Although infection indicators show signs of stabilization and the infection rate - known as the R rate (link in Estonian) - has fallen below one, it is still premature to speak about easing restrictions the day after the current ones expire, Minister of Health Tanel Kiik (Center) said on Monday.
In a situation where the daily number of new infections has shown signs of stabilizing, the assessment is that the government needs to be more careful easing restrictions than it was establishing them because the achieved success can turn quickly as many countries globally have experienced, Kiik said at a government press conference on Monday.
"What is the infection rate, burden on hospital treatment, trends and vaccination rate - those will be important. I hope that late April, early May is when we can ease restrictions, promising them from April 12 is premature. There will likely be a debate on how we will organize our social life in the end of April and May," Kiik said.
The minister noted that May should also mark the beginning of mass vaccinations as the majority of risk groups should be vaccinated by then. Kiik added that a quarter of the Estonian population is currently immune: 10 percent have had the virus in addition to the 15 percent that have received at least one vaccine dose.
This means 75 percent of the population is still vulnerable. "Greater freedom can therefore come a little later. We are pretty far from herd immunity - it is realistically achievable in the summer months but not now," Kiik said.
The infection rate needs to fall some more
Infection rates have been stable in Estonia for a few weeks now and the first signs of downward trends can be noted, Health Board deputy director Mari-Anne Härma added.
The coronavirus infection rate - also known as the R rate - has fallen to 0.9, which means that on average, one person will transmit the coronavirus to less than one person. During the recent hike in coronavirus spread, the R rate at one point climbed to 1.25. If the current trend continues, daily new cases can fall to an average of 500-600 in the near future, similar to the holiday period in the end of 2020, Härma noted.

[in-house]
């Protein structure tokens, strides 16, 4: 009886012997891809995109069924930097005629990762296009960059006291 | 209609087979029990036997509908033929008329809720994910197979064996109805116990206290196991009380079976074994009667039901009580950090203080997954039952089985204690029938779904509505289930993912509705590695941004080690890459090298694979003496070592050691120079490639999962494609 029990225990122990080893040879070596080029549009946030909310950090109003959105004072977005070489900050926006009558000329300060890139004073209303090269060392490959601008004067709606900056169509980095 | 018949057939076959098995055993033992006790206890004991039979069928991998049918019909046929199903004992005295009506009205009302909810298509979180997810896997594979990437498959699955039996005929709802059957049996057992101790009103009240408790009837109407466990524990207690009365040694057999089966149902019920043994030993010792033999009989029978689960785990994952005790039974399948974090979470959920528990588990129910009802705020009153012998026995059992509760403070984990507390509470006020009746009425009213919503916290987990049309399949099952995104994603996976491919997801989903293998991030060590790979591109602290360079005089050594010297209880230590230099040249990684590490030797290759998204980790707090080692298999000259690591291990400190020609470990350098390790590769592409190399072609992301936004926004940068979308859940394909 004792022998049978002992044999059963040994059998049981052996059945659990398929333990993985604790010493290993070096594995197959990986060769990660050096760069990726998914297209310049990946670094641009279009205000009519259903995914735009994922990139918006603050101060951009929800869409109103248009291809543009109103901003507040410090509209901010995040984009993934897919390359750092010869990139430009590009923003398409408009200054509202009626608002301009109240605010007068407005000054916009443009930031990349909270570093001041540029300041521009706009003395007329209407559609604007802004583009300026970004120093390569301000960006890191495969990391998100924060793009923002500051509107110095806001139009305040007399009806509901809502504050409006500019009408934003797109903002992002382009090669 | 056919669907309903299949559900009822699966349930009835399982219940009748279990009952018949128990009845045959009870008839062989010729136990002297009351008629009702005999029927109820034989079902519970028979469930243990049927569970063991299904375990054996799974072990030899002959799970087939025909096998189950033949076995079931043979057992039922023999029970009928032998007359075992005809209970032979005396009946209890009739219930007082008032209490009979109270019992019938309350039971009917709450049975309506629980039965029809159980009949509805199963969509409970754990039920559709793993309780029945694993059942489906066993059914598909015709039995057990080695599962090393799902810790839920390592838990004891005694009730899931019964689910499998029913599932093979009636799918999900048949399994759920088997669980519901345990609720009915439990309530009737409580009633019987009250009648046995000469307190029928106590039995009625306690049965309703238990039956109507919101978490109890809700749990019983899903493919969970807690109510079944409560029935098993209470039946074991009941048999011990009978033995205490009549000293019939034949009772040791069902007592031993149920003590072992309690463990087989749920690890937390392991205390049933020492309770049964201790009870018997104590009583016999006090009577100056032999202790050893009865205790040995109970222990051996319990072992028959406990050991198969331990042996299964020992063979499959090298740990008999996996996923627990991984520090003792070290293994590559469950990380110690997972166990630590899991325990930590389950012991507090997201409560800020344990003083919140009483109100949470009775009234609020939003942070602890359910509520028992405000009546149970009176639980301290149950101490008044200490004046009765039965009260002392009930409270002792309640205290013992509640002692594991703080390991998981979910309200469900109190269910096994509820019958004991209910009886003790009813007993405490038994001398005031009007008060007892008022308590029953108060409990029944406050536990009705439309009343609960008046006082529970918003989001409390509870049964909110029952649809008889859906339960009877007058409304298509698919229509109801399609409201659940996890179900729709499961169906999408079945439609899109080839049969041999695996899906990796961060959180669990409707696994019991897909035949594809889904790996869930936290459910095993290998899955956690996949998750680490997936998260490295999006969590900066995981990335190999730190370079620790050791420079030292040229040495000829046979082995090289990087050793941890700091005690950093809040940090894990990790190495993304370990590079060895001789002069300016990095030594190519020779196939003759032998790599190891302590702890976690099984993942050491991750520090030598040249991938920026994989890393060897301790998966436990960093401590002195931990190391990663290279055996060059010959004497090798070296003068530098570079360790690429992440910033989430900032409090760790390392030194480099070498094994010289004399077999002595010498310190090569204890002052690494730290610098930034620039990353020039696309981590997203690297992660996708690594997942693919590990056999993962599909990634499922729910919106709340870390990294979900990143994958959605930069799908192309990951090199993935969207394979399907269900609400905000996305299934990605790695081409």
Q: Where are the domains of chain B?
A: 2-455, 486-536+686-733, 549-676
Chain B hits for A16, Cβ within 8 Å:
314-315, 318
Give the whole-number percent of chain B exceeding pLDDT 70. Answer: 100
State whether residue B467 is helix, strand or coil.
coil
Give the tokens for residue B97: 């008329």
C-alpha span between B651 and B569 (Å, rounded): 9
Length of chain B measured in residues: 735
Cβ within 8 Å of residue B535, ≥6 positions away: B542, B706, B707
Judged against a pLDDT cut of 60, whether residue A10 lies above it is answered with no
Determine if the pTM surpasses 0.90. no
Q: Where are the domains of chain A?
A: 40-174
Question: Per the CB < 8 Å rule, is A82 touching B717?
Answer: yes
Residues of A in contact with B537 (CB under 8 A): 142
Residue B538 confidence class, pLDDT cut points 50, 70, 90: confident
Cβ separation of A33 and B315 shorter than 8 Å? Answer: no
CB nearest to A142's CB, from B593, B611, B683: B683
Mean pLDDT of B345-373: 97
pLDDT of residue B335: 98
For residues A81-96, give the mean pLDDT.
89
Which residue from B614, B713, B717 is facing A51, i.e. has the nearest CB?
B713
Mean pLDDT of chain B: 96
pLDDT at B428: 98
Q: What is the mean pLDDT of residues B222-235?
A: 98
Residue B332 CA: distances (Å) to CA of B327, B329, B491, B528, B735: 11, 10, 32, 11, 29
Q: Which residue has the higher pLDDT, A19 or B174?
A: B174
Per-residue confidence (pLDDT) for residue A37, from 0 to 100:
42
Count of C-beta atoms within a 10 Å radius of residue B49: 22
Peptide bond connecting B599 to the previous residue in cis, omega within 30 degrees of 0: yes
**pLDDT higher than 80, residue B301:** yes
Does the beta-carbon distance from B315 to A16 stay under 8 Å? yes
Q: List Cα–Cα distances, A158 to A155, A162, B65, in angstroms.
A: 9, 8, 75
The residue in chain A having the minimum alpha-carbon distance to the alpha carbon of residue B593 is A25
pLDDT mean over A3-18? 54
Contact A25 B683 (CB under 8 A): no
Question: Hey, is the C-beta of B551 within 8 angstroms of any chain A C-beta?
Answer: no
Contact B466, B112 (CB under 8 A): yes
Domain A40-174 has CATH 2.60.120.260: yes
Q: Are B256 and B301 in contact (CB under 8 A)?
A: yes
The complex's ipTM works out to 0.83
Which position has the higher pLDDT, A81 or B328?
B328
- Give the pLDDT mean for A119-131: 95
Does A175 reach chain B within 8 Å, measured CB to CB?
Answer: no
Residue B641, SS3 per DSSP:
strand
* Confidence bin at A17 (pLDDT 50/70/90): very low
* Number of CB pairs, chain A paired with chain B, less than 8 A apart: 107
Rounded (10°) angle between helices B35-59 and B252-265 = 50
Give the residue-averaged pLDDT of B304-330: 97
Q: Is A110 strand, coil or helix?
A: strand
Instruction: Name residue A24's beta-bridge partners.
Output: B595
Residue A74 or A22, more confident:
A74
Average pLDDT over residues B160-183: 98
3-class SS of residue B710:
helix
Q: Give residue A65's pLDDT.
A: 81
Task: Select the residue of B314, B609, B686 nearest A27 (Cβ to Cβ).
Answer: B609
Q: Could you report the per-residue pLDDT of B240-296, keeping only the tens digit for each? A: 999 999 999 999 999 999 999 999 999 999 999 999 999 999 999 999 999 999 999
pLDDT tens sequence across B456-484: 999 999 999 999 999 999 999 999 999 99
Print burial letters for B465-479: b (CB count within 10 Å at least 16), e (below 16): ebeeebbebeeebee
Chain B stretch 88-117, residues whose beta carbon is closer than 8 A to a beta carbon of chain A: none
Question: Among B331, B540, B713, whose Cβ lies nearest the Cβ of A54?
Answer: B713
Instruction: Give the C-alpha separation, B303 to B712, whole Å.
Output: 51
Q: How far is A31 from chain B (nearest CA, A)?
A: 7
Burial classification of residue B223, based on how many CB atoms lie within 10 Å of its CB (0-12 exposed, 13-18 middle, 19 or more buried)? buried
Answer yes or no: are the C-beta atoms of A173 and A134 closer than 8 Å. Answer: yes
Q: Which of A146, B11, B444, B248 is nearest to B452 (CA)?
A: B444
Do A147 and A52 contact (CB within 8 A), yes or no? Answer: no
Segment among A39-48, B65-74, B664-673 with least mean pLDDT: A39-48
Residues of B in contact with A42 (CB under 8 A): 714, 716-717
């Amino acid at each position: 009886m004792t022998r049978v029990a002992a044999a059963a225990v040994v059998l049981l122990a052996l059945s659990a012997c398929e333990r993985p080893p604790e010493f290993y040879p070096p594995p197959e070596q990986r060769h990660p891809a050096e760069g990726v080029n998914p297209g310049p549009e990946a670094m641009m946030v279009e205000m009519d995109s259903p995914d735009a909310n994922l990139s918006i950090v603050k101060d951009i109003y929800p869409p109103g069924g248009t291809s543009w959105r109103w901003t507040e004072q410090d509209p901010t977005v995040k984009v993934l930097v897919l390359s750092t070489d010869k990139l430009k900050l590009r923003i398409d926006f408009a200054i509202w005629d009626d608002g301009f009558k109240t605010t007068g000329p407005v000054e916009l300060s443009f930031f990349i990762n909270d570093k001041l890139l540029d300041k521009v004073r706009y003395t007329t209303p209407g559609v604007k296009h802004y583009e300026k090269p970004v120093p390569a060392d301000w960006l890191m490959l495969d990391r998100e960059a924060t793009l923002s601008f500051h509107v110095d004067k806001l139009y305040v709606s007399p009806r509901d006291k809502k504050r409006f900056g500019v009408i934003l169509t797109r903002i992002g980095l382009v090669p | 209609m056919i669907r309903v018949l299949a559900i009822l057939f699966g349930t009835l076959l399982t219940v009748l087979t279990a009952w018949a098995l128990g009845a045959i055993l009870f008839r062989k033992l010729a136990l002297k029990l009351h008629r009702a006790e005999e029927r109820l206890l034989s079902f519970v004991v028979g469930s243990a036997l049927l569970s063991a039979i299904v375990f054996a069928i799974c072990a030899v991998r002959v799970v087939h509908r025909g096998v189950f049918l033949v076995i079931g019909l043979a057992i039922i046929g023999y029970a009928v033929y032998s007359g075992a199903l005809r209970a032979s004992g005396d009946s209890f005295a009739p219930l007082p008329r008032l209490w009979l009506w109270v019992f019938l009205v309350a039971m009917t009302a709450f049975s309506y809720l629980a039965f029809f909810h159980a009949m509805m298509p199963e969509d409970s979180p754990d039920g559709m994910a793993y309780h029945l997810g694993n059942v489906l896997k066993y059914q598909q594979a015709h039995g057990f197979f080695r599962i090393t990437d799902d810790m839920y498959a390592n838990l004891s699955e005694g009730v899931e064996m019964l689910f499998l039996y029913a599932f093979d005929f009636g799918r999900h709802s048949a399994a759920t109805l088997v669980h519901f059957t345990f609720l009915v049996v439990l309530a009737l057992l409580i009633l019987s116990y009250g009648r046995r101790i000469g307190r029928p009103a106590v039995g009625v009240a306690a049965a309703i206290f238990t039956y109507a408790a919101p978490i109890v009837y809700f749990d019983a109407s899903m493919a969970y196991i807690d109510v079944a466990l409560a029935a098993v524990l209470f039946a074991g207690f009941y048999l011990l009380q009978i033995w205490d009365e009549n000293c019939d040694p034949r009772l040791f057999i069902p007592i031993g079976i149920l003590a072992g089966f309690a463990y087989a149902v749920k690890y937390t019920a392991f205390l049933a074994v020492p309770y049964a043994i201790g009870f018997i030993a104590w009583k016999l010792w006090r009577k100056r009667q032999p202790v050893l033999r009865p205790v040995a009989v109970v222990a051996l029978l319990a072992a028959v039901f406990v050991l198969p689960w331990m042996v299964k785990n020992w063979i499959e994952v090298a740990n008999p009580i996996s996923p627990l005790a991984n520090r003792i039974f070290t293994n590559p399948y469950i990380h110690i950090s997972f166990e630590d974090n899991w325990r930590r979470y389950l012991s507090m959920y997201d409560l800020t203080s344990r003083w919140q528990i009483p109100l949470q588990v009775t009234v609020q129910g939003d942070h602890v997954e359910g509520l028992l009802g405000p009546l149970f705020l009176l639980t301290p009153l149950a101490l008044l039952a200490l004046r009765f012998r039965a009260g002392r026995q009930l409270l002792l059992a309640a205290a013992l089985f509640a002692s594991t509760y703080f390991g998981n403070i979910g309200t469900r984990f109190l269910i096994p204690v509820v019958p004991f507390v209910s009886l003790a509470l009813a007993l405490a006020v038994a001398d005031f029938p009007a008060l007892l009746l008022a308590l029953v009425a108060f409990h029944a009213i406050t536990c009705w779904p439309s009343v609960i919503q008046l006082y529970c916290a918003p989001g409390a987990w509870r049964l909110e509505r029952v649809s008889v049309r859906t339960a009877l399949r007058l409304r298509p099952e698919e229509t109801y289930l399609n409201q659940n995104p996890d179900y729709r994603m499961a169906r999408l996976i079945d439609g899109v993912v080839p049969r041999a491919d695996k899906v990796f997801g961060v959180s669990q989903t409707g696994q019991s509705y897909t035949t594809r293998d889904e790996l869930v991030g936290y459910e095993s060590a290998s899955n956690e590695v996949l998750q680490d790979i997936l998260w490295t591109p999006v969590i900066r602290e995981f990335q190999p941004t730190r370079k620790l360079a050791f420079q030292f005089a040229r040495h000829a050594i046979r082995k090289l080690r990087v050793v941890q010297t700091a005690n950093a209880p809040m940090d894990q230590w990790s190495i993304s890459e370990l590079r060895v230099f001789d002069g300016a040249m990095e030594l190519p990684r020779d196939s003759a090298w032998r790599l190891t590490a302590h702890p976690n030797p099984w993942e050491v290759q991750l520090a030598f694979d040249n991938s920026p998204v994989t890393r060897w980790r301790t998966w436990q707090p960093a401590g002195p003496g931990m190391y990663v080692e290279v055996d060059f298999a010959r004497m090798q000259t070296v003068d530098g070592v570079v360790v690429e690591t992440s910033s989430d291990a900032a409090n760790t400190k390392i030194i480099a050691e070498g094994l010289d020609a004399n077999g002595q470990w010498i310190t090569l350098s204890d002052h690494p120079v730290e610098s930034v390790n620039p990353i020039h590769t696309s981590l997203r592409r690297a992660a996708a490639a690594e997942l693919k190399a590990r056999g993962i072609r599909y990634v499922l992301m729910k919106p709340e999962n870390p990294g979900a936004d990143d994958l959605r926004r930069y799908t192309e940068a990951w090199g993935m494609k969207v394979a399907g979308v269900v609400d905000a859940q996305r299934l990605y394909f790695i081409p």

"The number of workplace outbreaks has increased, however. This points to group infections converging and the epidemic spread packing up and becoming measurable. Infections are happening within families who are already isolating - the infection will not proceed from there," the Health Board official said.
At the same time, Härma said, it is too early to speak about the burden easing on the shoulders of hospitals. "As expected, we are still moving in an upward trend when it comes to hospital treatment. it will be some two weeks before the number of hospitalized patients will stabilize. We will hopefully talk about it next week," she said.
Härma said the situation might be most dire when it comes to intensive care places, but the situation is aided by transporting patients from northern hospitals to those in southern Estonia. Still, a drop in hospital workload needs to be achieved as soon as possible.
The Health Board deputy director noted that signs of the virus pulling back can also be seen in Harju County and Tallinn. "The state's chosen course is working, infections are going down," she said.
Tanel Kiik noted that the number of infections last week went down drastically from the week prior.
Vaccinations have started in all Estonian care homes
Kiik said that as of Monday, 27.1 percent of people in the 50+ age group have been vaccinated - a total of close to 142,000. 21.7 percent of people aged 50-69 are vaccinated to go with 36.7 percent of people aged 70 and up.
After a vaccination drive in eastern Estonia over the weekend, vaccinations have now been conducted in all Estonian care homes, Külli Friedemann, head of primary services at the Health Insurance Fund, noted.
Friedemann said 31 percent of the 370,000 people in risk groups in Estonia are vaccinated as of Monday. 90.7 percent of school staff who expressed a desire to get vaccinated have received at least one dose and the respective indicator for social workers is 67.9 percent, she added.
Mari-Anne Härma noted that the Health Board can once again begin informing close contacts via telephone, likely to kick back off next week.
Results of the vaccination drive in eastern Estonia over the weekend
The Health Insurance Fund called people aged 70 and up to get vaccinated in Narva, Sillamäe and Narva-Jõesuu last weekend with a plan to administer close to 2,000 doses of the Moderna vaccine in the aforementioned locations.
434 people showed up for vaccines in Narva-Jõesuu and Sillamäe, 68 short of the 500-person goal. The Narva family medicine center vaccinated 320 people of the planned 400. Narva Hospital administered vaccines to 514 people of a planned 800.
The vaccination drive will continue on Monday and Tuesday with times already booked up.
Narva-Jõesuu Care Home became the last care home in Estonia to have its workers and residents vaccinated. A total of 132 people were vaccinated in the establishment with clients making up 60 percent (88 people) of the total vaccinated people. Five workers were vaccinated from earlier, 44 of the staff also received a vaccine dose.
Editor: Kristjan Kallaste